First of all, if Lieberman had no intentions of running as an Independent, then it seems unlikely that he would have brought it up at all. No politician in a contested primary wants to appear disloyal to his party because it undoubtedly will cost him some votes. So, if Lieberman pulled the “Independent gun” out of the holster without ever intending to shoot, that was a big mistake.

Secondly, along similar lines, it’s hard to see Joe Lieberman staying out of the primary out of loyalty to the Democratic Party after the way he has been treated. He has had left-wing bloggers putting him in blackface and calling him “Rape Gurney” Joe. Al Gore, his former running mate didn’t endorse him. Moreover, Democratic Party heavies like Jesse Jackson and Al Sharpton have actually campaigned against him. So, at this point it would seem to be a little late for anyone to give him a, “Joe, don’t run for the good of the party,” speech.

There’s something else important to consider: Joe Lieberman will still be the strongest candidate in the race by far even if he loses the primary — and keep in mind, you’re hearing that from a guy who has written a column about the futility of third party candidates.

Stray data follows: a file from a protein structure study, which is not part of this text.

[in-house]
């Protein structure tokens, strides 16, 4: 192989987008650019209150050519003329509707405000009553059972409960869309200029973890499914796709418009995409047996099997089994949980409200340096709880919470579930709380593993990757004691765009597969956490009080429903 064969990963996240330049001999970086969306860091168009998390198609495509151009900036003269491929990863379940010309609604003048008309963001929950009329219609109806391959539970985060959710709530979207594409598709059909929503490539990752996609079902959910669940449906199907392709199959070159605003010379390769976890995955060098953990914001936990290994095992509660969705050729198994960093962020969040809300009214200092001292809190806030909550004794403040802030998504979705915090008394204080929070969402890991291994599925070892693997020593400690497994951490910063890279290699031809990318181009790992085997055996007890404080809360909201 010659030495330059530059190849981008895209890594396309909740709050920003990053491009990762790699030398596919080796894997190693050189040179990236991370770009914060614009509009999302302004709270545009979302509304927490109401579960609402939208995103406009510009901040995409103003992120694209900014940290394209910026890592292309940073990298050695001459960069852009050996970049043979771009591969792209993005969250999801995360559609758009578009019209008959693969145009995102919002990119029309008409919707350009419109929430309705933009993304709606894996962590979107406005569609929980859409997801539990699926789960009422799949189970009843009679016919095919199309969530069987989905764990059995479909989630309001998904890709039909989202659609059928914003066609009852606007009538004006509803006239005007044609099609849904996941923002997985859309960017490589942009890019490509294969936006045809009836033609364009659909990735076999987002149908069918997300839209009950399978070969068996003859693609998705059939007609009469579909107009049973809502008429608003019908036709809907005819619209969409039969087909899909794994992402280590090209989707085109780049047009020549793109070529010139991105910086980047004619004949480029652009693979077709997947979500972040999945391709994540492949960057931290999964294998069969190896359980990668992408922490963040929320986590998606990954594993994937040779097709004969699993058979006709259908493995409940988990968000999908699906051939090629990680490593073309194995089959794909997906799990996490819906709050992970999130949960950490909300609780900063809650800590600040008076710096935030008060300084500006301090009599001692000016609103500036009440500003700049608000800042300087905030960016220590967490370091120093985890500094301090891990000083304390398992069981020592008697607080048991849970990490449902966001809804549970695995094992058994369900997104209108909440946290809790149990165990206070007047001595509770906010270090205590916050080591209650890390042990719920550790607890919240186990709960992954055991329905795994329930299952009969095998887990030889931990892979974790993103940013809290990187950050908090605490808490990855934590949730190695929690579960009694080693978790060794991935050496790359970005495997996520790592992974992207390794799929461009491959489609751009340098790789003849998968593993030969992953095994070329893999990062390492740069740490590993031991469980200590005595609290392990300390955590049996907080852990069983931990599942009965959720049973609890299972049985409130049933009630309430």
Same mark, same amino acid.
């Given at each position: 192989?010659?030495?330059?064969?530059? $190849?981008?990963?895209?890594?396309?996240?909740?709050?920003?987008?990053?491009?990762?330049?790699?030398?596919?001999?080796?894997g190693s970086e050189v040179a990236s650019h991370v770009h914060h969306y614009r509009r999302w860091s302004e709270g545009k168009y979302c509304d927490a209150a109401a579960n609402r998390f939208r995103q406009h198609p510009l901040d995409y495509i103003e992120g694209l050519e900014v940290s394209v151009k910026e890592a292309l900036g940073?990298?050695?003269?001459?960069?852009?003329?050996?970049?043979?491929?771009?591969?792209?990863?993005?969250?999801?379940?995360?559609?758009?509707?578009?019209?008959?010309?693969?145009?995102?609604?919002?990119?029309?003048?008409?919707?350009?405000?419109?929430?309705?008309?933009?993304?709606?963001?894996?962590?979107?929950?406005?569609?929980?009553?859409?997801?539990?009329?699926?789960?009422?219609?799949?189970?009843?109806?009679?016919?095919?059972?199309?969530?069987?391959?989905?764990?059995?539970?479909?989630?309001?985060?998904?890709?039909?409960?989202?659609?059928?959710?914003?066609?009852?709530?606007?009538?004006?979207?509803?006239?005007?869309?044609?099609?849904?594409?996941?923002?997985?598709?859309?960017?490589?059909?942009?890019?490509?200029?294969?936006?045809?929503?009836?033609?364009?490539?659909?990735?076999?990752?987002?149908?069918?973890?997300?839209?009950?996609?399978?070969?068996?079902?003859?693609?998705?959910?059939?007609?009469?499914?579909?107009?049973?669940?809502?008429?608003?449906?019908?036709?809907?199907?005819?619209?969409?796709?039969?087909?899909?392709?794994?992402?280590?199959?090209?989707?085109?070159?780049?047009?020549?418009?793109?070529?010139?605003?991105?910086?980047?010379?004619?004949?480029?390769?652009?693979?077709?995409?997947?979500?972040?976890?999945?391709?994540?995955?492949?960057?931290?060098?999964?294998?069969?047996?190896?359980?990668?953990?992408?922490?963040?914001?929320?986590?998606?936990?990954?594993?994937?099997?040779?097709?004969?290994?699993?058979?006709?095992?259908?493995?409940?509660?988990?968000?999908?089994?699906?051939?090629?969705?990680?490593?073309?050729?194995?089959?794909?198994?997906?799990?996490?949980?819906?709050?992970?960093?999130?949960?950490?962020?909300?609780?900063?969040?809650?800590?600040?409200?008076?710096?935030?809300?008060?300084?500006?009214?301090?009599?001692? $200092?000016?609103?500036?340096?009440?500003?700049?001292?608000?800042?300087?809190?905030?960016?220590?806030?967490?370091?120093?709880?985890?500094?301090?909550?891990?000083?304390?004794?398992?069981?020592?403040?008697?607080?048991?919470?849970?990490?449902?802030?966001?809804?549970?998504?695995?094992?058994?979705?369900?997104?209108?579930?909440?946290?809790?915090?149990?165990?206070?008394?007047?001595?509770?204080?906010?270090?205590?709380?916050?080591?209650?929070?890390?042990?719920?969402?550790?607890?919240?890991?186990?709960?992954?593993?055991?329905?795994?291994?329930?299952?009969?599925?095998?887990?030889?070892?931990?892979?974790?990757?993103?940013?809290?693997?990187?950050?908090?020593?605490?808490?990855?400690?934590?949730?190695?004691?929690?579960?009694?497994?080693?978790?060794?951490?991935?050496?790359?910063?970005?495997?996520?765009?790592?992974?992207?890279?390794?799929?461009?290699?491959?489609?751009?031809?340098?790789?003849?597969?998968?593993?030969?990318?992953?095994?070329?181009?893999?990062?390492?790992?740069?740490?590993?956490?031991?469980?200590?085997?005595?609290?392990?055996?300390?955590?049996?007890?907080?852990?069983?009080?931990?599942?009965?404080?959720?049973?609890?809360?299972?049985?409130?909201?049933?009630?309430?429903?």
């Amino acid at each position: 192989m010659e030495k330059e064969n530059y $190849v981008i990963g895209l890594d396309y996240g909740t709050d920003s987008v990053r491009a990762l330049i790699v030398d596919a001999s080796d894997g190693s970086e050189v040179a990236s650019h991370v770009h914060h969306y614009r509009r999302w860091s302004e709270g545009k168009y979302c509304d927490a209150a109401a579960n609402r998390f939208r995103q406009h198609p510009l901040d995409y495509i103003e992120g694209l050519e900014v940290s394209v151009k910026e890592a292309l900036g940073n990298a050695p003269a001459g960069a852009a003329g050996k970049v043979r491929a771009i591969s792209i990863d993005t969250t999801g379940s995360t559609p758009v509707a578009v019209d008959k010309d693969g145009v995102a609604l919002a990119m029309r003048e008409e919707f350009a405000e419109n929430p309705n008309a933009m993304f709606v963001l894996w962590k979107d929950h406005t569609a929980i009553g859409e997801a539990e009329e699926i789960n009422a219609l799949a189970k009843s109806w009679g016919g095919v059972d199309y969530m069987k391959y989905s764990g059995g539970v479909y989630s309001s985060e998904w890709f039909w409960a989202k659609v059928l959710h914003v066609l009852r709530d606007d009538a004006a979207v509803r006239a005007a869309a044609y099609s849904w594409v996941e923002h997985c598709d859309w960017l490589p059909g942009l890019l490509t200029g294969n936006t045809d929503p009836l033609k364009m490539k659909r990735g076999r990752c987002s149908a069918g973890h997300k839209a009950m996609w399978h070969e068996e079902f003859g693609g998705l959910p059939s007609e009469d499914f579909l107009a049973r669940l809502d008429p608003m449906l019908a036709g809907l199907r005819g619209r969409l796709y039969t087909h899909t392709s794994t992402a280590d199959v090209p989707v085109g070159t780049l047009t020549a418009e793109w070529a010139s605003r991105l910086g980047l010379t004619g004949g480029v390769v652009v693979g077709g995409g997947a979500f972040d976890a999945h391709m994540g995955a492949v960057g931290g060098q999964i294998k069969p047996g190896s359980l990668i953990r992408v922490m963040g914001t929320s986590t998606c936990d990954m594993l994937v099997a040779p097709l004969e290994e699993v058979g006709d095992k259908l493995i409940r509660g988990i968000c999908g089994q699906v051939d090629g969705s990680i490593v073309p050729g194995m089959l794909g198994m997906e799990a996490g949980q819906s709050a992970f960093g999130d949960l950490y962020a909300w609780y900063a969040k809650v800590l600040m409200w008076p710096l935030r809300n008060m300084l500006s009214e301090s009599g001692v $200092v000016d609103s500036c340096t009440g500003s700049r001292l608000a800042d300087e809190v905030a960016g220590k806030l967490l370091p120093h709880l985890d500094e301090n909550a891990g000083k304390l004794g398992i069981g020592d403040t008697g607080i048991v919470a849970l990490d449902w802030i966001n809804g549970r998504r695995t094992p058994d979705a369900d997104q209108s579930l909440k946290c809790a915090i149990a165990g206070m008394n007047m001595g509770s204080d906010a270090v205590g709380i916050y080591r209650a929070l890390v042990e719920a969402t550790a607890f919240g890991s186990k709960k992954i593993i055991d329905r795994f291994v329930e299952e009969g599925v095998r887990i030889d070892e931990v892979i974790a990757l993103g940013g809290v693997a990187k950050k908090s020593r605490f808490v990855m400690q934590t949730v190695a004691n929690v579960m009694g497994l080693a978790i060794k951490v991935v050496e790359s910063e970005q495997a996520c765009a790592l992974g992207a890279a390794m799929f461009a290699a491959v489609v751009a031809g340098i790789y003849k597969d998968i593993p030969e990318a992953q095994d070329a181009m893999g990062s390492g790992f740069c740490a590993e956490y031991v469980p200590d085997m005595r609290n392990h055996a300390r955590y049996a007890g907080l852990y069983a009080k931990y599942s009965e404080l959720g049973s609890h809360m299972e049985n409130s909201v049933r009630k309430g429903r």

The thing is: this is not a normal situation. In Connecticut, the Republican candidate in the race is a non-entity. At last glance, he was polling in single digits and dropping. Moreover, Joe is surprisingly popular with Republicans and Independents. So much so that he destroyed Ned Lamont in a general election poll conducted less than three weeks ago:

“Thirty percent of Connecticut voters are registered Democrats, 20% are Republicans and 50% independents. A July 20 Quinnipiac poll showed that if Lieberman were to run as an independent, he would get 51% of the vote to Lamont’s 27%. The Republican challenger, Alan Schlesinger, registered 9% in that poll.”

Let’s just do a little rough math: if Joe gets 75% of the GOP vote and the rest votes Libertarian or votes for Schlesinger, that’s 15% of the total vote. Then, if Joe wins 75% of the Independent vote, which certainly seems possible, that’s another 37% of the Connecticut electorate. Now, he’s up to 52% total. Then, let’s say Lamont beats him 3 to 1 among Democrats. That still gives Joe another 7 1/2% of the votes he needs to win. Now, he’s up to nearly 60% of the voters supporting him.